But there is still very much a danger now that the Bruins can float through the rest of this regular season where they only need to win half (27) of their remaining 53 games to still get to 100 points based on their bounding start. Essentially the Bruins could play .500 hockey the rest of the way and still breeze right into the playoffs, and win the division as well.

It's difficult to stay sharp under those circumstances and it will be equally difficult to match the intensity in the postseason facing a team that will have been scratching and clawing in order to get there. Torey Krug maintained he didn’t know what kind of lead the Bruins had in the Atlantic Division standings, and that’s probably the best thing for the Bruins to do right now.

“I would say normally yes, but it doesn’t feel like we’re in that position right now,” said Krug, when asked if the Bruins need to guard against complacency. “I don’t why that is. It’s so early in the season and we’re chasing perfection, and there’s a high standard here. So maybe that’s where it comes from,  but it doesn’t feel like we’re that far ahead [of everybody else].

“We’re missing a lot of guys too, so you always feel like going into these games that you need to bring your ‘A’ game because of who we’re missing. As a veteran guy, you feel like you need to take more onto your shoulders. I’m not even sure if guys know [their lead in the Atlantic] and it’s probably a good idea to just stay in the moment.”

Clearly, Krug walks it the way he talks as it was the puck-moving D-man that notched the tying goal Thursday in the final minutes to cap off the three-goal comeback in the third period.

The one silver lining that could stoke the B’s hunger and keep them at least partially invested in the game-to-game gauntlet the next five months: The top seed in the Eastern Conference is still wide open in competition with the Capitals.

Home-ice advantage all through the playoffs is certainly something to play for and could be a difference in a conference final showdown with Washington, and that should be a carrot directly in front of the Bruins that the coaching staff can sell them on.

But at no point does it seem as if the Bruins are going to have to fight for their lives for the rest of the season and they are already close to finishing the season series with the Maple Leafs and Canadiens, rivals that are chasing them in the standings.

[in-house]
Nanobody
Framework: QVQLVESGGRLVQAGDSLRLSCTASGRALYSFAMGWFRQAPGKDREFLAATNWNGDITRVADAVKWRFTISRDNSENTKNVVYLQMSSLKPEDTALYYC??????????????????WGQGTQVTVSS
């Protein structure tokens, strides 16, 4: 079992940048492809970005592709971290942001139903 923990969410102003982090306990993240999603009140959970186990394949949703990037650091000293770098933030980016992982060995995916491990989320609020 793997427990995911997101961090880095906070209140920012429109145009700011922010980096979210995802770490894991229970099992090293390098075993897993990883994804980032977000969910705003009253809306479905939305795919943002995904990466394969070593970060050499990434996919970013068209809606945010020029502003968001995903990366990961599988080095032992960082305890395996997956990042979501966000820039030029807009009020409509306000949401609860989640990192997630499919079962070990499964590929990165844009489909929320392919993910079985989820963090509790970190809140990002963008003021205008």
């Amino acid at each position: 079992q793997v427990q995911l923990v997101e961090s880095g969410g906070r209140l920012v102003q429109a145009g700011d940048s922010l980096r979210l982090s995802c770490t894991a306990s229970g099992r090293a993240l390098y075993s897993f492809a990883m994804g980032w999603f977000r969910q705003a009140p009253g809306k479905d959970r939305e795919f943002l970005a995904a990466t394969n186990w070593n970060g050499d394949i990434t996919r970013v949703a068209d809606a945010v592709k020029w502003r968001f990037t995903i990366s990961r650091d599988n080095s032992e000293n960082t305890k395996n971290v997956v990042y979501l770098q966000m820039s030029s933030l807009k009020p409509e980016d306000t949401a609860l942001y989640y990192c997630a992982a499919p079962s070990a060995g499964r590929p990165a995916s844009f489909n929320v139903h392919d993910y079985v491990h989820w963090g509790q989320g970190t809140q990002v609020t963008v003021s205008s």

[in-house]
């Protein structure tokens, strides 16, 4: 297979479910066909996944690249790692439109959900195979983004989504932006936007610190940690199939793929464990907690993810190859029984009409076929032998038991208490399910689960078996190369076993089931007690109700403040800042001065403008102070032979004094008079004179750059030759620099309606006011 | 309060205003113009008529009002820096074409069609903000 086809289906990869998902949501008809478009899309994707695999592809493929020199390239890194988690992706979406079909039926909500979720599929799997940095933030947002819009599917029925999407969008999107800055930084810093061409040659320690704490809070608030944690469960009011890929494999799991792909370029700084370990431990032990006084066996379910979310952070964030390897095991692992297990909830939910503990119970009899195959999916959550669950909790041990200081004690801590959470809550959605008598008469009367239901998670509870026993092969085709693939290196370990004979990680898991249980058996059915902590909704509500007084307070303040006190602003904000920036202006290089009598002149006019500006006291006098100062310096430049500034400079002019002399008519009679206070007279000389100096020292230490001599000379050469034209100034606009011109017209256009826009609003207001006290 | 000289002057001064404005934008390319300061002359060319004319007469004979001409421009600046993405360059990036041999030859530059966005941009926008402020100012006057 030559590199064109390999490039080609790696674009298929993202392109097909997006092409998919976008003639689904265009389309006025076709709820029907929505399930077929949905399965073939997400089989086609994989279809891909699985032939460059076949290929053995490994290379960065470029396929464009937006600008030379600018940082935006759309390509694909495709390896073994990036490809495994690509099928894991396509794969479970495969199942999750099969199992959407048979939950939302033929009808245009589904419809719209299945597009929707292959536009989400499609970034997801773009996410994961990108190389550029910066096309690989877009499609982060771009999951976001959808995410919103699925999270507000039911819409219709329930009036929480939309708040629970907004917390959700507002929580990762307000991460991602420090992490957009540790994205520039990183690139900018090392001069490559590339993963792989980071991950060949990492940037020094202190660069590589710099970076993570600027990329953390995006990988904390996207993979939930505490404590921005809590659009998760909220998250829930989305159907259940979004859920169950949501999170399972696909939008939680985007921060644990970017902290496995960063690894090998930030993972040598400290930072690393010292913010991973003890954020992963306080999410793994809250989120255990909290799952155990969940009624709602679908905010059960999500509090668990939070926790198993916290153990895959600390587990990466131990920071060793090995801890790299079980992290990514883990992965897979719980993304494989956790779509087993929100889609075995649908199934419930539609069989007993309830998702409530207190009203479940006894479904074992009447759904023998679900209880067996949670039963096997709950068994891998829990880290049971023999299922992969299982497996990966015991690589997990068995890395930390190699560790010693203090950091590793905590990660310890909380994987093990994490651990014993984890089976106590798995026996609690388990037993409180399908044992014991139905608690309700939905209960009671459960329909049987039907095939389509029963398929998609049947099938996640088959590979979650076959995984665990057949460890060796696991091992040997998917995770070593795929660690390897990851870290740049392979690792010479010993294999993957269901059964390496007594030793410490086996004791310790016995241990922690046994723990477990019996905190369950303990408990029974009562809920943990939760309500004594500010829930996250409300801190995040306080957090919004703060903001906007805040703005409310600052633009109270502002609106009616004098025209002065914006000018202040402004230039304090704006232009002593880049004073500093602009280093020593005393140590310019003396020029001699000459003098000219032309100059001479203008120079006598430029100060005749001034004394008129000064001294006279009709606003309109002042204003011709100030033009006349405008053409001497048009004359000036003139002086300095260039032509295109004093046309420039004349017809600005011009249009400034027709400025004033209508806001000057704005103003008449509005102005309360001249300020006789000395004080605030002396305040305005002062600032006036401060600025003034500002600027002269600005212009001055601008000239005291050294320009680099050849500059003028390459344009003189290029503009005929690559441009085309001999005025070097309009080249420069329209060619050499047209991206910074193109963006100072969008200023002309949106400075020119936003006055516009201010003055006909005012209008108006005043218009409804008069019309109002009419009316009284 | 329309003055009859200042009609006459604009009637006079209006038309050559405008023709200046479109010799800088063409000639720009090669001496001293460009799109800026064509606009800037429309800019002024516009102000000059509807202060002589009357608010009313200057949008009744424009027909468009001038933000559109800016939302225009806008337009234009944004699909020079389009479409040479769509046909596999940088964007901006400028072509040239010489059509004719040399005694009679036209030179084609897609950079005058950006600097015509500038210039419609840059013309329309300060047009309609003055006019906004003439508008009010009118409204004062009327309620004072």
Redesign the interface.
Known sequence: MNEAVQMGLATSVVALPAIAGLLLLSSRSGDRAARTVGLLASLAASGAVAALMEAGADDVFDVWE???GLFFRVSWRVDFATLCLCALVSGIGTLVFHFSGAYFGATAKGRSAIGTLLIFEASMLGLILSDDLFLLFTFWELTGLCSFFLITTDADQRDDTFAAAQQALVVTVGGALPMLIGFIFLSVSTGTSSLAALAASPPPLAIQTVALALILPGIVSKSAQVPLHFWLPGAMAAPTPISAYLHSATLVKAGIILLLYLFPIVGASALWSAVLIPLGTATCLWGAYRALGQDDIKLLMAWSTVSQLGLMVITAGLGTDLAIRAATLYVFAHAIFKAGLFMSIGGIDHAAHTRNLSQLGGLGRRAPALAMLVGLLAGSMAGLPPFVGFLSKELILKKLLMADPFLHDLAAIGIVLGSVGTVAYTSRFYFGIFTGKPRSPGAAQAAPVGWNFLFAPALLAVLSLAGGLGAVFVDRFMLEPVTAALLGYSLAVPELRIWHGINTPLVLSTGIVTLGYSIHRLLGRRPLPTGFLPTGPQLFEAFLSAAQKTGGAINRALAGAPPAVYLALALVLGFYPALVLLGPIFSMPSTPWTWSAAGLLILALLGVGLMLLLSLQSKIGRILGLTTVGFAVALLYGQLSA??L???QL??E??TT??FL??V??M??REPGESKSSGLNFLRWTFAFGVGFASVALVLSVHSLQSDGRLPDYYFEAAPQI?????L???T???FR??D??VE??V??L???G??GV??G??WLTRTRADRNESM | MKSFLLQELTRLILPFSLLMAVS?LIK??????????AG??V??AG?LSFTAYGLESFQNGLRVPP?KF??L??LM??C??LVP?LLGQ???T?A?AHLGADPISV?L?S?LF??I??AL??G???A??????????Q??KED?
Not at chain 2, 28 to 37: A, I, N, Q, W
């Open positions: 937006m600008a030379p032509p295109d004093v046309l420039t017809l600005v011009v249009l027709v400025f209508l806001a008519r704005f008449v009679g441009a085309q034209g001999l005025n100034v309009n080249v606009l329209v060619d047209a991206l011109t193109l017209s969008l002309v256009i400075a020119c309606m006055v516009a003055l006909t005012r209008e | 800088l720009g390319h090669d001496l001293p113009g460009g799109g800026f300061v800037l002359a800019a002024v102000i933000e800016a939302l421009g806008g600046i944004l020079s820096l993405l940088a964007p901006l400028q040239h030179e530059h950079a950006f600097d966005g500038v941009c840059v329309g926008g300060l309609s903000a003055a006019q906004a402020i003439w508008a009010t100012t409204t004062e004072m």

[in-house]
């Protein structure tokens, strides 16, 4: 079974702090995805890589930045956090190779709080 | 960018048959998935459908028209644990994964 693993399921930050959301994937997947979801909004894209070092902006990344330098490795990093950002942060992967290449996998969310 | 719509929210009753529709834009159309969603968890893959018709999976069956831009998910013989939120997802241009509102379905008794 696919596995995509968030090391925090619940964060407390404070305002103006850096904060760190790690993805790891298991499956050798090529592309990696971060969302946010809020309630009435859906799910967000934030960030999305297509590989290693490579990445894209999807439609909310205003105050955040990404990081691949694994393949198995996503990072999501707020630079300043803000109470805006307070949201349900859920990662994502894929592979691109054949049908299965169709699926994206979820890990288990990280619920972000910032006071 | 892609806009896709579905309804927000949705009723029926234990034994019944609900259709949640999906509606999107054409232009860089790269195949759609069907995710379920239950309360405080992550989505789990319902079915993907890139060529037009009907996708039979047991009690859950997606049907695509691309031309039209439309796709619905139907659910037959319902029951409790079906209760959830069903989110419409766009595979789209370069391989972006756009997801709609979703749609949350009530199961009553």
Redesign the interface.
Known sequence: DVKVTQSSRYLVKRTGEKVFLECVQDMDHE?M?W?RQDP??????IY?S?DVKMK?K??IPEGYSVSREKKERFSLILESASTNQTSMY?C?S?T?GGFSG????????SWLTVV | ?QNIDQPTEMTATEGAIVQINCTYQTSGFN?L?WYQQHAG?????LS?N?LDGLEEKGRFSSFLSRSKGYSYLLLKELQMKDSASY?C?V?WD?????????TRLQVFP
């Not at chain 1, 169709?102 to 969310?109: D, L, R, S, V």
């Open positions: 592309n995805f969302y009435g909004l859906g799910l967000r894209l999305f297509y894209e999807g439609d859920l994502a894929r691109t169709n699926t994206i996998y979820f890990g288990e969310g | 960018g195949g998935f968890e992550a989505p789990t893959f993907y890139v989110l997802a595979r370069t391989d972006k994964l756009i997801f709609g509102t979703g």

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Bruins' Patrice Bergeron (lower body) out Saturday against Colorado Avalanche

Bruins' Patrice Bergeron (lower body) out Saturday against Colorado Avalanche

BRIGHTON, Mass – The Bruins will continue to be without Patrice Bergeron this weekend, but the B’s top center is making progress with his lower-body injury.

Bergeron, 34, took a positive step by participating in practice with his teammates for the first time since being injured on Friday morning at Warrior Ice Arena, though he was wearing a no-contact sweater and didn’t really mix in with his normal linemates for drills. Bruce Cassidy confirmed following practice that Bergeron won’t play Saturday night against the Colorado Avalanche, but remained hopeful he may return early next week barring any setbacks.

“[He’s wearing] a red sweater; that’s good. He participated in some line rushes, but it wasn’t a heavy contact practice,” said Cassidy. “He won’t play [against Colorado], but once you have the red sweater on you’re that much closer. Monday [against Ottawa] now becomes more of a target date for us if there are no setbacks.”

It will mark the seventh straight game that Bergeron has missed with his lower-body injury and the ninth game of the past 11 games that he’s missed due to the nagging injury. The amazing thing: The Bruins have gone 6-0-2 thus far without Bergeron and have done a pretty good job of getting by having David Krejci, Charlie Coyle and others fill into his many different roles on the ice. 

Brett Ritchie skated in line drills and appears close to a return, but it remains to be seen which forward he might replace in the lineup. 

Here are the projected line combos and defense pairings based on practice Friday ahead of the big non-conference tilt Saturday against eth talented, explosive Avs:

Marchand-Coyle-Heinen

DeBrusk-Krejci-Pastrnak

Nordstrom-Kuraly-Wagner

Bjork-Lindholm-Ritchie

 

Chara-McAvoy

Krug-Carlo

Moore-Grzelcyk

 

Rask